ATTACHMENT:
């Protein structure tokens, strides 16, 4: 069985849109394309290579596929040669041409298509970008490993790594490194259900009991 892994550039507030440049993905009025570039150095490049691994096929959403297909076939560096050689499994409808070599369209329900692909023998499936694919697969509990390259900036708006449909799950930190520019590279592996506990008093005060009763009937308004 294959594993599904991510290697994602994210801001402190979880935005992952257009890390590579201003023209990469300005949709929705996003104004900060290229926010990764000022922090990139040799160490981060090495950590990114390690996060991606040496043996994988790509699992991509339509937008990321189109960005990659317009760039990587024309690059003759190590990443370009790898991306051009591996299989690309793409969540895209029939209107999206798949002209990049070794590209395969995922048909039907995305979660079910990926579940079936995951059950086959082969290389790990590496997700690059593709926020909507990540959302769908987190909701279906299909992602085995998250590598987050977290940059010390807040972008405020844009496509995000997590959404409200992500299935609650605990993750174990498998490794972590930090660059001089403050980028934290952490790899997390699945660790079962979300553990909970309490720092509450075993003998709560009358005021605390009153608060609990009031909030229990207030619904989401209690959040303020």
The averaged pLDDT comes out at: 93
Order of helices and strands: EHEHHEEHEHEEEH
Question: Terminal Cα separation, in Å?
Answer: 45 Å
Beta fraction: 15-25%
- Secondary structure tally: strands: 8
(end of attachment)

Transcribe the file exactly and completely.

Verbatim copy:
């Protein structure tokens, strides 16, 4: 069985849109394309290579596929040669041409298509970008490993790594490194259900009991 892994550039507030440049993905009025570039150095490049691994096929959403297909076939560096050689499994409808070599369209329900692909023998499936694919697969509990390259900036708006449909799950930190520019590279592996506990008093005060009763009937308004 294959594993599904991510290697994602994210801001402190979880935005992952257009890390590579201003023209990469300005949709929705996003104004900060290229926010990764000022922090990139040799160490981060090495950590990114390690996060991606040496043996994988790509699992991509339509937008990321189109960005990659317009760039990587024309690059003759190590990443370009790898991306051009591996299989690309793409969540895209029939209107999206798949002209990049070794590209395969995922048909039907995305979660079910990926579940079936995951059950086959082969290389790990590496997700690059593709926020909507990540959302769908987190909701279906299909992602085995998250590598987050977290940059010390807040972008405020844009496509995000997590959404409200992500299935609650605990993750174990498998490794972590930090660059001089403050980028934290952490790899997390699945660790079962979300553990909970309490720092509450075993003998709560009358005021605390009153608060609990009031909030229990207030619904989401209690959040303020």
The averaged pLDDT comes out at: 93
Order of helices and strands: EHEHHEEHEHEEEH
Question: Terminal Cα separation, in Å?
Answer: 45 Å
Beta fraction: 15-25%
- Secondary structure tally: strands: 8